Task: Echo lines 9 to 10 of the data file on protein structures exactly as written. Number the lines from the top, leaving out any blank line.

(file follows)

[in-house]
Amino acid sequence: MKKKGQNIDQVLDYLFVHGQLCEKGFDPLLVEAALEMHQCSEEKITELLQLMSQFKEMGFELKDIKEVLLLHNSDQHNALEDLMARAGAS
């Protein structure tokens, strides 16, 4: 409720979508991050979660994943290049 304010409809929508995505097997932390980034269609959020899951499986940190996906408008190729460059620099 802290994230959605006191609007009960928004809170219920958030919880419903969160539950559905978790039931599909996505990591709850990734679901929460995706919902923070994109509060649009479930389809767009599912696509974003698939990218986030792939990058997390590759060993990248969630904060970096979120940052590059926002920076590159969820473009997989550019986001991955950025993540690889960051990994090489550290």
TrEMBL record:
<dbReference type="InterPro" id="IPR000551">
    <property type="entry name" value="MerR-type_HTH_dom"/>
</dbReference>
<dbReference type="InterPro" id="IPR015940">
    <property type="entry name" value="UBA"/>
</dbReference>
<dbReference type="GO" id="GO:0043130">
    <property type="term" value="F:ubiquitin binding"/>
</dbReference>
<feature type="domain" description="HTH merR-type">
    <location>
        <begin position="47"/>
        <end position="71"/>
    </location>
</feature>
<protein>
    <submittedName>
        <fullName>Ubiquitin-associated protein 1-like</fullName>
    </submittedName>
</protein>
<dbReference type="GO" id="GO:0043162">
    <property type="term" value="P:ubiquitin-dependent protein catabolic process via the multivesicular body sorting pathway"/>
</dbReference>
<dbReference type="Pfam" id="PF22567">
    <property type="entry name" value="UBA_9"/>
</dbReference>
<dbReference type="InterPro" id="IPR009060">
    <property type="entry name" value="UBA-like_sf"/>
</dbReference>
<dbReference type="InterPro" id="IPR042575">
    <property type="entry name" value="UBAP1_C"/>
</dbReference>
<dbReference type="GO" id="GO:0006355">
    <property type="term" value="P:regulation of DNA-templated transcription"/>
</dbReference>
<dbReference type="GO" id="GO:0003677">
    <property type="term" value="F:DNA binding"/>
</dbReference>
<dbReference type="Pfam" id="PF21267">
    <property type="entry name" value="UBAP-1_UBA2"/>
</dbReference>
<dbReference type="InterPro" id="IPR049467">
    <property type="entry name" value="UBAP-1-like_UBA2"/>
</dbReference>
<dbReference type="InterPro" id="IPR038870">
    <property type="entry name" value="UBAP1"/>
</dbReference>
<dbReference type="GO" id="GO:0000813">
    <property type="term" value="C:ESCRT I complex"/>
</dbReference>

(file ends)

    <property type="entry name" value="UBA"/>
</dbReference>